“I don’t have an account, and I can never have one until I die. My pocket and my car are secure enough for me, no matter how much I have,” words of a Nigerian, Ibrahim Gombe, based in Abuja, to PREMIUM TIMES.
Mr Ibrahim, who has several businesses, one of which is being an estate agent, disclosed that after receiving his commission in cash from whoever he works for, his cash is kept safely in his car or in his house.
“I am a very temperamental person. If I open an account and ATM ‘swallows’ my card or I have to queue to withdraw my own money, I might misbehave, so it’s better I stay on my own, I see no need to open an account at all.”
There are several other Nigerians who are like Mr Ibrahim and do not see the need for Nigeria’s banking system.
Even if several low-income earners like this man feel owning a bank account is unnecessary, some actually wish to have one but are turned off by the many requirements from the bank.
As per a recent Access to Financial Services (A2F) survey, carried out by Enhancing Financial Innovation and Access (EFInA), 36.6 million adults in Nigeria, out of 99.6 million (36.8 per cent) total adults in the country, do not patronize the banks, with 44.1 per cent being men and 55.9 per cent women.
Aiming to be one of the largest economies worldwide, Nigeria launched the National Financial Inclusion Strategy (NFIS) 7 years ago as a vital operator to make this happen.
The aim of this move is to boost the number of citizens that will be involved in financial services from 30 per cent to 80 per cent by next year, 2020.
At the end of last year though, financial exclusion rate decreased from 41.6 per cent to 36.8 per cent.
Nigerian commercial banking institutions are also trying their best to ensure opening new accounts, especially when it is by low-income earners, will become as seamless as possible.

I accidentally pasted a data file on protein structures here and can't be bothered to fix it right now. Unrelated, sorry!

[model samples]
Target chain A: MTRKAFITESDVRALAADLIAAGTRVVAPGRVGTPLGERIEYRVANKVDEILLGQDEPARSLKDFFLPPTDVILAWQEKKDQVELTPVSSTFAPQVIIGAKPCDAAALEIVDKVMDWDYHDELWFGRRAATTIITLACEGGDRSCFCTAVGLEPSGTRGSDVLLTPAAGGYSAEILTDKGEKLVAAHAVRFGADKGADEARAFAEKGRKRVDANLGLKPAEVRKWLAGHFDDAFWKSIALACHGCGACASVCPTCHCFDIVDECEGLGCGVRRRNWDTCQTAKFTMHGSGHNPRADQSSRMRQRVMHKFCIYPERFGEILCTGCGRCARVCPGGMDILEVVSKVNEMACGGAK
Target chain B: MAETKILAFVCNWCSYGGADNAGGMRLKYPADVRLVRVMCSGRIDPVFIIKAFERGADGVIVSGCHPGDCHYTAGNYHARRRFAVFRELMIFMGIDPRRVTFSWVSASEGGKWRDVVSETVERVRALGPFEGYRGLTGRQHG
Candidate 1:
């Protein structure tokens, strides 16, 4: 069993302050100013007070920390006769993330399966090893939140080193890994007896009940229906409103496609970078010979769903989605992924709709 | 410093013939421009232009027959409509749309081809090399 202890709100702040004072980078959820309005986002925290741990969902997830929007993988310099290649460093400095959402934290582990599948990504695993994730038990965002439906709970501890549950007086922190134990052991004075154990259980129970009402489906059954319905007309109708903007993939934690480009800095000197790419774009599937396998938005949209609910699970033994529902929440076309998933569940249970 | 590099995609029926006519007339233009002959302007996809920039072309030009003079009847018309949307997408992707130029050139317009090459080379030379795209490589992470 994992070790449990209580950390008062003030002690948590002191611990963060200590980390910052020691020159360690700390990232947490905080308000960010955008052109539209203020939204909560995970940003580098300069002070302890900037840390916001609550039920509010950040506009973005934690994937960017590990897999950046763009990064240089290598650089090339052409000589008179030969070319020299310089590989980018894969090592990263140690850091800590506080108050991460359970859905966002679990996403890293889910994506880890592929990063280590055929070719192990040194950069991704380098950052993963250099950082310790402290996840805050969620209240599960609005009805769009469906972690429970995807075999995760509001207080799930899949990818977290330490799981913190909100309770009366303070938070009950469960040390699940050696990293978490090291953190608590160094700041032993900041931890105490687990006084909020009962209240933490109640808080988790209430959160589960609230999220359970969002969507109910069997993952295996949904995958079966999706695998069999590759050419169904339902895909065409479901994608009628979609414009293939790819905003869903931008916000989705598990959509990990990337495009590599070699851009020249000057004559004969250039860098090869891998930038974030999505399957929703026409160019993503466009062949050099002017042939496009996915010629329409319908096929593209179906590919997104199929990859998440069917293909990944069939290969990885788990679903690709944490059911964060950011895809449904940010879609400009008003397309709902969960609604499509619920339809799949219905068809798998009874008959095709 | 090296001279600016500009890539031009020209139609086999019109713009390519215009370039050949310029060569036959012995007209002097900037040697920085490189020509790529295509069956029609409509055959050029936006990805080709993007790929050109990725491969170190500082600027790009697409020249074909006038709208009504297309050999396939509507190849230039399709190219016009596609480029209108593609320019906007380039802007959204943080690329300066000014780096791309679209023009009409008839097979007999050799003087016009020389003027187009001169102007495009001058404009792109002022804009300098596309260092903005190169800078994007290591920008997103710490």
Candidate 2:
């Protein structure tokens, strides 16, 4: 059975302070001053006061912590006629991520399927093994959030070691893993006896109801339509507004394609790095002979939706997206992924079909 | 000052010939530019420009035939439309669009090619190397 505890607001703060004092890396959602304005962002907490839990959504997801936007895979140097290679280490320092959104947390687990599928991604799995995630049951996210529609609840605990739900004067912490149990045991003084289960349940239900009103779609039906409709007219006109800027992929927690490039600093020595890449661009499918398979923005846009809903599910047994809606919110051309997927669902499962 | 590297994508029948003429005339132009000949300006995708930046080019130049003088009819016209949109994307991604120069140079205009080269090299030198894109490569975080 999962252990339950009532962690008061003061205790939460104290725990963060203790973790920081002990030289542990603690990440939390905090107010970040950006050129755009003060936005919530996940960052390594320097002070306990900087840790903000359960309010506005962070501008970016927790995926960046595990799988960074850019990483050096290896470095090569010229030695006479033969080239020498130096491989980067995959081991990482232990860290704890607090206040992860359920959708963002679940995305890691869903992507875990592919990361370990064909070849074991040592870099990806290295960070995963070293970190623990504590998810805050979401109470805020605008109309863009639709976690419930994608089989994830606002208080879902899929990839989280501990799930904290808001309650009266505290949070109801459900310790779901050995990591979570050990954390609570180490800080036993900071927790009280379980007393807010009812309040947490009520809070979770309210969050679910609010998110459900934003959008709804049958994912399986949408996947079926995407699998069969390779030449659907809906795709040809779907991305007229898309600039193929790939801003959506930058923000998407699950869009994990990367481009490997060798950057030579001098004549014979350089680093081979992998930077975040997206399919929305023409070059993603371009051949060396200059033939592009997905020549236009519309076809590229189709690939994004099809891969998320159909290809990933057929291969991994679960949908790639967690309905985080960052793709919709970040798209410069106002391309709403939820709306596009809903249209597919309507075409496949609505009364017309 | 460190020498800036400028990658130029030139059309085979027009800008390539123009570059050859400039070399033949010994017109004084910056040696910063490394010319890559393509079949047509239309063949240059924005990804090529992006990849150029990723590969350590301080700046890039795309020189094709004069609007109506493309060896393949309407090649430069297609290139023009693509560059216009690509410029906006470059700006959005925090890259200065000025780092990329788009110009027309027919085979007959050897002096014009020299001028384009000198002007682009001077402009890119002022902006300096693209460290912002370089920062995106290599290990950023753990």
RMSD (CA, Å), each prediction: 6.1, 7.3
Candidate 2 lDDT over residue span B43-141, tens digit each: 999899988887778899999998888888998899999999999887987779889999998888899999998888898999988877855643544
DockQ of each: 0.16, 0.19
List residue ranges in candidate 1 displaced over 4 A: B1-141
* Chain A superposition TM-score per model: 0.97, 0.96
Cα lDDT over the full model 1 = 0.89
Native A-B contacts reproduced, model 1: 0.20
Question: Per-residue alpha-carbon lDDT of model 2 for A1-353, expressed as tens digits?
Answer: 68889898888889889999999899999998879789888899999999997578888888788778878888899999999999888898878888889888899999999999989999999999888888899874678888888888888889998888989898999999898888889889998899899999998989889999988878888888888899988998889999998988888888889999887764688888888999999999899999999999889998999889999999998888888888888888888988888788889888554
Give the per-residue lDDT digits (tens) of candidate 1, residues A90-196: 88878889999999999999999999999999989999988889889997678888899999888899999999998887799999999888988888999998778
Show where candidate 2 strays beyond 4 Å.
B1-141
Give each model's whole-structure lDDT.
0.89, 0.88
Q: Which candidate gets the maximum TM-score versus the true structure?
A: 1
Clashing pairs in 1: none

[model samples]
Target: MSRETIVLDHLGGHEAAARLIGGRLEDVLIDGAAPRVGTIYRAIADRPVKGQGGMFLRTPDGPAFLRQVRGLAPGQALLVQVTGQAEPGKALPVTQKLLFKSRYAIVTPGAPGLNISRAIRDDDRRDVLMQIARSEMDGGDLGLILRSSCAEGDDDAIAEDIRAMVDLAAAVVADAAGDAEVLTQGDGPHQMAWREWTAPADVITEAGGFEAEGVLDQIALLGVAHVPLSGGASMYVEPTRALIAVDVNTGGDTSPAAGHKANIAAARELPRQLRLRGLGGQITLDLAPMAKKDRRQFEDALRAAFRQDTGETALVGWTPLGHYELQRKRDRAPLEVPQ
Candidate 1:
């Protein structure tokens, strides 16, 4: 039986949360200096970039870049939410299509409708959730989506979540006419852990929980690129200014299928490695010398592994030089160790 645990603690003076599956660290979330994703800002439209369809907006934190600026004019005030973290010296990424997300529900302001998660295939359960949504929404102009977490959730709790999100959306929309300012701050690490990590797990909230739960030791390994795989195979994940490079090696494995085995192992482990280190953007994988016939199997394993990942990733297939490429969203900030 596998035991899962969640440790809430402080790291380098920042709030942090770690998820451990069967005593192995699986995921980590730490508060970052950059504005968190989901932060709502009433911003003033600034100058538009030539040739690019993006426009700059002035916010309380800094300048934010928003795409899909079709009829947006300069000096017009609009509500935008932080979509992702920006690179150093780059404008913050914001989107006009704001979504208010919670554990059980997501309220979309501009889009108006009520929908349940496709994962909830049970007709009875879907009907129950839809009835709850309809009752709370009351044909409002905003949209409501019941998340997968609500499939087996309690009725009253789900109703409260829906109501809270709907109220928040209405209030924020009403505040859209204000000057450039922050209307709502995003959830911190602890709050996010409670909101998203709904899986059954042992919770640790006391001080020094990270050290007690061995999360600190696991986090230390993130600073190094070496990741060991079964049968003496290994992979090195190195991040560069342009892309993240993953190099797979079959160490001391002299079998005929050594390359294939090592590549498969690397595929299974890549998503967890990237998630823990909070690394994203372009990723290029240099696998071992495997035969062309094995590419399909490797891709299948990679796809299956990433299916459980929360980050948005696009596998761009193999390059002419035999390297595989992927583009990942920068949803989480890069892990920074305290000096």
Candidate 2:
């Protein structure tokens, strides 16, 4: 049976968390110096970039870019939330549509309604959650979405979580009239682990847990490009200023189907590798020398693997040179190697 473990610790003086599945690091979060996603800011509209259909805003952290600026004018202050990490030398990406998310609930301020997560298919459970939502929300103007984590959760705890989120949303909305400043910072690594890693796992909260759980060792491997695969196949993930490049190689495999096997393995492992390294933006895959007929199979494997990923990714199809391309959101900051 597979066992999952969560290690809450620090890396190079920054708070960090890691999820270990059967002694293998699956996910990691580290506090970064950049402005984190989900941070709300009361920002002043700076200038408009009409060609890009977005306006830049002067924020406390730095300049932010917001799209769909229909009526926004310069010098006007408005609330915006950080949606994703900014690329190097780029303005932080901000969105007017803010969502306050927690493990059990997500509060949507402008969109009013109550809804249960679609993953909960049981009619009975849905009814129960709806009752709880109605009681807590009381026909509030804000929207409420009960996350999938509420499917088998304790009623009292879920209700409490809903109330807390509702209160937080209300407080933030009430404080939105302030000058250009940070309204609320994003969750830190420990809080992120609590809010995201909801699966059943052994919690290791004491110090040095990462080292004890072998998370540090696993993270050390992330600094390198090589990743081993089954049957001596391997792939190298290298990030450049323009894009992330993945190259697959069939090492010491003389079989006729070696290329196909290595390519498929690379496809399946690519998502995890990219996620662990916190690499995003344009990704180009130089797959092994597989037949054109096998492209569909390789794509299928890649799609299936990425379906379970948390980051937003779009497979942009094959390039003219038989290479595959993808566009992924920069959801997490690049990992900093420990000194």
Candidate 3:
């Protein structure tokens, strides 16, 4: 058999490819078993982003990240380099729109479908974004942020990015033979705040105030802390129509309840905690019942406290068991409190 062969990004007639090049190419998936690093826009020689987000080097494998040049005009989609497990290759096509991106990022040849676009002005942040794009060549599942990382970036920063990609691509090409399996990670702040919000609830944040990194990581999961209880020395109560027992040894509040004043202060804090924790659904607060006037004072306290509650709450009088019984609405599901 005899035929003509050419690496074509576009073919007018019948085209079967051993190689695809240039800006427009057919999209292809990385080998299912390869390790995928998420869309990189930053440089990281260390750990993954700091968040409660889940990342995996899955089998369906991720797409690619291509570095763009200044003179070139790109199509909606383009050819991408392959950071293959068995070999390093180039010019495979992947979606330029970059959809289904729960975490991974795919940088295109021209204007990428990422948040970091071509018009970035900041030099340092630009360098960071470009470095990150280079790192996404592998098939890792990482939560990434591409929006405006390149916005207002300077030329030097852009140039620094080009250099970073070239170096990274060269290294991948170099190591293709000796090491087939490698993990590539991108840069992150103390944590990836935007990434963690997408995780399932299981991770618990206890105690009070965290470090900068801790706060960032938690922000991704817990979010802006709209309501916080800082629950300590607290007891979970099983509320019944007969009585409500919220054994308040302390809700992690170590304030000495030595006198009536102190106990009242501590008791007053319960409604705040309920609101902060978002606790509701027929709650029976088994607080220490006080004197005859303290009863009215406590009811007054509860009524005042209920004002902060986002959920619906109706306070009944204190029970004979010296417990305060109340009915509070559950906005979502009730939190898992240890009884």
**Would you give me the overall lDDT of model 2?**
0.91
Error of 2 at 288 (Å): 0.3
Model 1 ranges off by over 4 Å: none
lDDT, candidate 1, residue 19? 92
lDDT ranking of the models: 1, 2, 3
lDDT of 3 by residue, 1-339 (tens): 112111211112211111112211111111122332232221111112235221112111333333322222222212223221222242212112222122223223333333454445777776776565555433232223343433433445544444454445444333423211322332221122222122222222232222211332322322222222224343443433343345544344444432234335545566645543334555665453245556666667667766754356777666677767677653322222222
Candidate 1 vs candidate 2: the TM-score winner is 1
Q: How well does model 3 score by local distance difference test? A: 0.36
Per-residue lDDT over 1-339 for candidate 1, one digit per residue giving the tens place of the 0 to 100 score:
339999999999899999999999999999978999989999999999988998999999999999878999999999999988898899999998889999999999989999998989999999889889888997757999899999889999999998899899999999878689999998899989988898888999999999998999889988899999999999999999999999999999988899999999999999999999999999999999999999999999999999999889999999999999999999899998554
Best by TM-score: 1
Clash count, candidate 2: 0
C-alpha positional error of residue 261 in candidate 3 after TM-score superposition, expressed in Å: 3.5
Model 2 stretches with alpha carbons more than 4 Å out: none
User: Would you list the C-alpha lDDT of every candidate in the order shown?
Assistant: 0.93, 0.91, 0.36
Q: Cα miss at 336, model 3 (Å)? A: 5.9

Owning a savings account in a few of these banking institutions have been broken down into 3 tiers. The 1st tier is majorly for low-income earners, artisans, and struggling business owners. To have this account, you will need a passport photograph. But the most you can have in it at a time is in the range of N200,000 to N300, 000, depending on the bank and its policies.
As soon as the deposit in the tier1 account is more than the stated amount, whoever owns the account will no longer be able to access it since it instantly becomes a tier 2 or tier 3 account. For this, a proper identity card and utility bills will be required.
The problem of financial inclusion is more rampant in the North, it is so bad that it is times two that of the South.
A recent survey revealed that as the North-west and North-east have 62 per cent and 85 per cent of unbanked Nigerian adults respectively, the South-west has 19 per cent, and the South-south, South-east and North-central have a documented unbanking rate of 23, 29 and 31 per cent respectively.
Traders like Hassan Aliyu will rather send cash to their loved ones via drivers or whoever pays them a visit from the village, like it happened several years back.
A particular trader, who sells oranges in Abuja’s biggest market said, “I prefer to send money to my family in Katsina through a driver who comes from my village, or the driver gives them the money while I pay him once he gets to Abuja.”
Mr Isiaka Kazeem, a pepper trader in the same market disclosed that he was not against opening an account “but he doesn’t trust the banks with their initial requirements.”
“They will tell you to open with just a passport photograph until you want to withdraw your money, they will then tell you to bring all sorts of things to access your own money.”
Taura Ibrahim, a security guard also revealed that he was not encouraged to embrace the banking system due to their requirements.
His words were, “I would have loved to open an account but for the various requirements I cannot meet, my house does not have a meter, so I have no utility bill.”
Another trader, Dahir Yusufu also complained, “I went to the bank to open an account a long time ago. The list of their requirements discouraged me from going back there.”
Since then, he said he made up his mind “to be keeping his money like his colleagues.”
These several complaints still exist even after an intervention from Central Bank of Nigeria (CBN) 6 years ago. The number one bank in Nigeria launched a Know-Your-Customer (KYC) framework to ensure the requirements for owning a bank account and accessing bank and mobile money accounts for low-income earners is easy.
We can only hope the Banks can convince these Nigerians that their money is safest with them.